"Today Yekke has a positive connotation," as people appreciate the manners traditionally attributed to German Jews, such as their attention to detail and punctuality. "But at the time, the term was derogatory," says Zimmermann.

Related Subjects

"The majority of early immigrants came from Eastern Europe; they made fun of the peculiarities of those arriving from German-speaking areas. They were so diligent, punctual, honest and conservative — at least according to their preconceptions."

Between 1933 and 1941, about 70,000 Jews from the "extended" German Reich — including Austria, the Sudetenland, Bohemia, Gdansk and the Memel region — fled to Palestine. Many of them were academics, doctors, lawyers, scientists and merchants.

"Capitalism played an important role for them," says Zimmermann. "With this entrepreneurial spirit came advertisements for the products, leading to the importation of the German style of advertising."

More than consumerism: Publicity for the new state

Otte Wallish, a graphic artist from the Sudetenland, used the skills he had developed in Europe to open an advertising agency in Tel Aviv. He designed products, came up with slogans and printed them with specific fonts before selling them to large companies that were often owned by families with German roots. 

Among them was Osem, which remains to this day one of the country's largest food manufacturers. When the company was bought by Nestlé in the mid-1990s, it felt like a national tragedy for many people. The company had been established by seven entrepreneurs, all of them Yekkes.

Jeckes-Werbung im alten Palästina

Ads for Osem products designed by Wallish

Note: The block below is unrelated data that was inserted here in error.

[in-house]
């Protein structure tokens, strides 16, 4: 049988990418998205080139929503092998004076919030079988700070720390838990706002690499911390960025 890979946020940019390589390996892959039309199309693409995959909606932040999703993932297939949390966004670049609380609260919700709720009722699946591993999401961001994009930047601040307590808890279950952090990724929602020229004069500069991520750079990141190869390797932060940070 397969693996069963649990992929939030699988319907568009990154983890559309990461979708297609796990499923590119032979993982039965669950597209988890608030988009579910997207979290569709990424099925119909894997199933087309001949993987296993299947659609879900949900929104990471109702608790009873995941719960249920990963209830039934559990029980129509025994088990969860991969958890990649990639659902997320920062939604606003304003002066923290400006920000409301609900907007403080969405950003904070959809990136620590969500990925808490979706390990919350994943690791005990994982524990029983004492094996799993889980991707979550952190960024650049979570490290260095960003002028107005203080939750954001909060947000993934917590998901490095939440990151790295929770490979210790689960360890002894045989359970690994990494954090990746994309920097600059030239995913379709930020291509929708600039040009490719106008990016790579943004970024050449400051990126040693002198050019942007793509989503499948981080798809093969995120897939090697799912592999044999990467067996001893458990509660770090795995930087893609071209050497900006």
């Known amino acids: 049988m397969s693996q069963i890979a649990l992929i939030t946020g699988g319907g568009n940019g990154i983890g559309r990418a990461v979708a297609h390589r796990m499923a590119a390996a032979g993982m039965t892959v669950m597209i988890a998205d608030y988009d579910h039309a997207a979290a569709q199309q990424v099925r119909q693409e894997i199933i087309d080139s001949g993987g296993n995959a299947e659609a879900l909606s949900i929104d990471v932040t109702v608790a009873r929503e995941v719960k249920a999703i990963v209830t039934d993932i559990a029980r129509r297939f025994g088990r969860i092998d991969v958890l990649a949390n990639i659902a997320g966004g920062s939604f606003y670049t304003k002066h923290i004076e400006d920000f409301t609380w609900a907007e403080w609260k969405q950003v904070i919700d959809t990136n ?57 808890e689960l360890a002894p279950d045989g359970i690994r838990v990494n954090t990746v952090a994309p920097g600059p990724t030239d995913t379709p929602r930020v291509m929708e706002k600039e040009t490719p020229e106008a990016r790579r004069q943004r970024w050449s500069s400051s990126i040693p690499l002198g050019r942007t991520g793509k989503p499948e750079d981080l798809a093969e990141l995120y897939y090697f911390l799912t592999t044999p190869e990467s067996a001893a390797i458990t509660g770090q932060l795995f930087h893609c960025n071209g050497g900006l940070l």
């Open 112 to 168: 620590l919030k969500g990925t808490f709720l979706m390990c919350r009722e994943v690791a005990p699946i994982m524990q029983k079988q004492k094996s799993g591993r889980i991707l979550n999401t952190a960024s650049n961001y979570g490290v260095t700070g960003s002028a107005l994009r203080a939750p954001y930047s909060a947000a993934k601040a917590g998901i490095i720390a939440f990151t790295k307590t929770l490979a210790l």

When these entrepreneurs started out they were already familiar with advertising products. However the concept was still new in Israel, and advertising took on a meaning that it didn't have yet in Europe.

"It stands for way more than consumerism," says Jewry Heritage Museum director Ruthi Ofek. "All the advertising posters in the exhibition are connected in some way with Zionism," she adds.

Cigarettes for instance were called "Aliyah," the word referring to the immigration of diaspora Jews to Israel. Another brand was "Atid," which is Hebrew for "future."

"People wanted to build a new country, and you can feel that in ads as well," explains Ofek.

That's what Otte Wallish literally did. When the founder of the state of Israel, David Ben-Gurion, read the Declaration of Independence on May 14, 1948, the calligraphy and the design of the scroll had been done by Otte Wallish, whose agency designed the first stamps and election campaign posters of the young state.

It's not clear if Wallish was even paid for these official assignments, says Ofek, adding that he likely made a living from his commercial work instead.  

Otte Wallish died in 1977 in Tel Aviv. When his son Eri took over his father's agency, he kept the posters and product packaging designed by his dad. These are among the broad range of advertising memorabilia on show at the German-Speaking Jewry Heritage Museum in Tefen.